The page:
Tom Burke screws the cap back on the fill pipe and drags the hose back to the oil truck.
At most stops along his route, the heating-oil deliveryman comes and goes in silence, but this customer comes out to survey the scene.
"You think I can afford lunch, or will the bill be too high?" the elderly man jokes.
Mr. Burke assures the man that he will be OK, to go ahead and treat his wife to lunch. After a bit more banter, he hands over the bill and heads back to the truck, grinning.
You need a little humor these days if you're in the heating-oil business. The fact is, customers aren't always so friendly - especially when word is out that prices could reach last year's record of more than $2 a gallon.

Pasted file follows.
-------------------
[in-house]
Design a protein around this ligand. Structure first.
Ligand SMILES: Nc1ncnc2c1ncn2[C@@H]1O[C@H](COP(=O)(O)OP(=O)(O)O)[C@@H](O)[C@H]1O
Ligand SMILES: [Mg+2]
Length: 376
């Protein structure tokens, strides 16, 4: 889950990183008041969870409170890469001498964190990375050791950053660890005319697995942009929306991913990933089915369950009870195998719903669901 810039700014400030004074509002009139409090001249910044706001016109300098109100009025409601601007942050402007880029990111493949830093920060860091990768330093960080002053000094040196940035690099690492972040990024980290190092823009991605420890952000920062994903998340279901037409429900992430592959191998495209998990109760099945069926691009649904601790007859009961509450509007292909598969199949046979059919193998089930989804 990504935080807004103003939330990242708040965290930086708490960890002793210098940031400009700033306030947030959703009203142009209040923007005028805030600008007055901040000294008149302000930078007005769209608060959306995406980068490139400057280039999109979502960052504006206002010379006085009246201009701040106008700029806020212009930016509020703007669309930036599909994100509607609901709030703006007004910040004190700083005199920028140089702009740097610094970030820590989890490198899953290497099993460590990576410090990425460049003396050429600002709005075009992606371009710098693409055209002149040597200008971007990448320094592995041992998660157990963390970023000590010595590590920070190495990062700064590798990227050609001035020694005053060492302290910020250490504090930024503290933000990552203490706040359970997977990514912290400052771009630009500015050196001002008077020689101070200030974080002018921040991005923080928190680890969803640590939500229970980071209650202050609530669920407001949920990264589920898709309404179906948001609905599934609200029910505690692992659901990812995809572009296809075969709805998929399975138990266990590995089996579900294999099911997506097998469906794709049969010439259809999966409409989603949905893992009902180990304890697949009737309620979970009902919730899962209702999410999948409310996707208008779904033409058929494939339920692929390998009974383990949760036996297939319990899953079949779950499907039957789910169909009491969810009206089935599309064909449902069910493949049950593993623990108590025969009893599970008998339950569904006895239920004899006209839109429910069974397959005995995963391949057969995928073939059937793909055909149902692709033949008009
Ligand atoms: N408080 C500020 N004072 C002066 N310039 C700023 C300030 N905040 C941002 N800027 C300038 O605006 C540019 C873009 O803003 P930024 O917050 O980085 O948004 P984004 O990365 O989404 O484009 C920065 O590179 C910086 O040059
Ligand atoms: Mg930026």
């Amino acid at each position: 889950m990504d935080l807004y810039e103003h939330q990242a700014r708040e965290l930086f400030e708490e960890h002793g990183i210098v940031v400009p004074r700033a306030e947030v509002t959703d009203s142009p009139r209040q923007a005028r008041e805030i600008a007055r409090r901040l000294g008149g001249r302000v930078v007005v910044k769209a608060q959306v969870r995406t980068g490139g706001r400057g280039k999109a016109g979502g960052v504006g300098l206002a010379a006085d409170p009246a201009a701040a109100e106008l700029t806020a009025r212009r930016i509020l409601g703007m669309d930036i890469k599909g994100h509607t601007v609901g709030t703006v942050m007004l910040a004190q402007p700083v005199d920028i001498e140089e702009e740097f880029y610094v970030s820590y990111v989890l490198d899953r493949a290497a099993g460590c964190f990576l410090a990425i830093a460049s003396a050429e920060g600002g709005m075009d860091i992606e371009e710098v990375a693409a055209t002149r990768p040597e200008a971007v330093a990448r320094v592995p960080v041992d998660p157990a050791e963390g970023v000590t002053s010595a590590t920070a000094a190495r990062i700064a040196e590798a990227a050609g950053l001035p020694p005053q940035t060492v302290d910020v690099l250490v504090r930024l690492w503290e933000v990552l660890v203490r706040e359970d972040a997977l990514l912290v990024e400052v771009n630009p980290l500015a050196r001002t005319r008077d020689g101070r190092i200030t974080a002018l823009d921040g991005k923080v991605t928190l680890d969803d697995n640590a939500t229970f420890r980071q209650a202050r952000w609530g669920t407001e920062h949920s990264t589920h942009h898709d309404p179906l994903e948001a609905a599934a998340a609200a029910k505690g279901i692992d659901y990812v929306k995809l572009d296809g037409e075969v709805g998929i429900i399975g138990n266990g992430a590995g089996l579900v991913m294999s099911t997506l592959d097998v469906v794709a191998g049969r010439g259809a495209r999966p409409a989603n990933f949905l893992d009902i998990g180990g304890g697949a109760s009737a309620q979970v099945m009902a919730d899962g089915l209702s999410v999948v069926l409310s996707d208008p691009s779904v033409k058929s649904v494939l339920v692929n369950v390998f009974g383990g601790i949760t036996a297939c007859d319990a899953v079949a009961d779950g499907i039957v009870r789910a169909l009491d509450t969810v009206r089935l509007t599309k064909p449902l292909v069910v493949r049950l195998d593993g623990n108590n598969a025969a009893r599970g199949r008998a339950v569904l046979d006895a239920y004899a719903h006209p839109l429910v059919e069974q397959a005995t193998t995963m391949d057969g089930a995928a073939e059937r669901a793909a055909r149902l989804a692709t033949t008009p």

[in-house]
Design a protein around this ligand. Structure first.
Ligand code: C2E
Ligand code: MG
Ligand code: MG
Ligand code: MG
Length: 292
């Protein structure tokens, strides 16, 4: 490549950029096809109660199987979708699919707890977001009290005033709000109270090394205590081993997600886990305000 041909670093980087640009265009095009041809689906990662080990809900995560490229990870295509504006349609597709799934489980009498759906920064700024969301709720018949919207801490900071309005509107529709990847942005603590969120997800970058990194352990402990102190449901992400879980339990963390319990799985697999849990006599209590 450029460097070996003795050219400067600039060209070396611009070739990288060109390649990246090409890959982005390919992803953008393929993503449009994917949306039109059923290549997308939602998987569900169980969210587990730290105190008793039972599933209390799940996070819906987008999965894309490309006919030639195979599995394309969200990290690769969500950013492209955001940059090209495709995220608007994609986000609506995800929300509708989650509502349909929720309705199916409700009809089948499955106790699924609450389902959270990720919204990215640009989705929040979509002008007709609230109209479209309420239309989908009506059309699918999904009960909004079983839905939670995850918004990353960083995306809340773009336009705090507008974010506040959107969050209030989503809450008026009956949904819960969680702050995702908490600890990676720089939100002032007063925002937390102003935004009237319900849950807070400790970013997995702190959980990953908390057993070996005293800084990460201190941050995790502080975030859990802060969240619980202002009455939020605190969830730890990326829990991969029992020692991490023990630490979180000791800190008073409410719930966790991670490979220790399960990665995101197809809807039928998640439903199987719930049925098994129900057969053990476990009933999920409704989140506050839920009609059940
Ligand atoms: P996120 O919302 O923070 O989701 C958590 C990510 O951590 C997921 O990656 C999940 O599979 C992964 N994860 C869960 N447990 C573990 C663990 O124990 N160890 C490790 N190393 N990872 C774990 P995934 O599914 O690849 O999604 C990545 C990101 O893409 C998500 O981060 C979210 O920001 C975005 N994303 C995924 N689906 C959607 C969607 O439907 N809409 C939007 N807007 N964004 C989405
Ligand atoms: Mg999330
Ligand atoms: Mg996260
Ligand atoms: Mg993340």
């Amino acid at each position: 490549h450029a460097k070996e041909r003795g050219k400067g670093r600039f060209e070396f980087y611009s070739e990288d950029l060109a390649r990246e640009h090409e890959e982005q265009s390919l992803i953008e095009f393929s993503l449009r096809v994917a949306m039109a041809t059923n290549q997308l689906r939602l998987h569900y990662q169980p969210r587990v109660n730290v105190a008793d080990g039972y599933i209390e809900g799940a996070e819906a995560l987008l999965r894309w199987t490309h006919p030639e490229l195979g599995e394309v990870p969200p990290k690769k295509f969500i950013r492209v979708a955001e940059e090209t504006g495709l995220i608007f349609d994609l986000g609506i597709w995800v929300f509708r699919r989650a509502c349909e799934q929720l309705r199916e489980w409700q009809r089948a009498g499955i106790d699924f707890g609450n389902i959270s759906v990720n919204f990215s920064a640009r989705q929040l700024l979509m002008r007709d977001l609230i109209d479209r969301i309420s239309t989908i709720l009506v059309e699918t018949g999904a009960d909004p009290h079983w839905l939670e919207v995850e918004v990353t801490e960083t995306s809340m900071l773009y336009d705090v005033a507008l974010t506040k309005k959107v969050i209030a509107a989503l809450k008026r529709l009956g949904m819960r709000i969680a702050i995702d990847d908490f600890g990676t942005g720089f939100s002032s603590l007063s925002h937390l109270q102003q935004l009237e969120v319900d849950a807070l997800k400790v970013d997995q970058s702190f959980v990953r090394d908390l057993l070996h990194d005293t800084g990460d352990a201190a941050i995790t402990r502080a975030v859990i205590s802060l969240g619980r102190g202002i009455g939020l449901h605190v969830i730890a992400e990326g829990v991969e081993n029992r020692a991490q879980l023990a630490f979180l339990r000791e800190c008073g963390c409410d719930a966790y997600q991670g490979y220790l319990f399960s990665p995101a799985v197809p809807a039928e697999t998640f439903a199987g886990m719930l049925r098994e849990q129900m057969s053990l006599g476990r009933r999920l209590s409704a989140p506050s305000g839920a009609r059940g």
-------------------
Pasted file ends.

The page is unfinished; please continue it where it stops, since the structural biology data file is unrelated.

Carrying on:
The stories of deliverymen
like Burke offer an inside look at the quirky economics of bounding energy prices. Yes, customers are angry, but so are wholesalers, upset over low supply. Caught in the middle are heating-oil dealers, who aren't doing so great themselves, with some forced to cut full-time workers and trim back on the number of trucks after last year's costly season.
Now, as some experts forecast a similar winter, homeowners and dealers are bracing themselves - especially in the Northeast, where the law of supply and demand hits the hardest.
In his tan work boots and blue uniform - with "Tom" embroidered on his shirt - Burke fuels dozens of homes each day - at $1.55.9 per gallon currently. He's got the countenance for it: easy-going and unflappable.
At another house, a gentleman in a silk bathrobe pokes his head out the back door while Burke unscrews the rusty cap on his fill pipe. The man explains how he was told to wait for the end of the summer to fill his tank, when prices would most likely be at their lowest. But prices hit their lowest in mid-July this year and have been rising ever since. He is stuck paying close to $220 for 138 gallons of heating oil.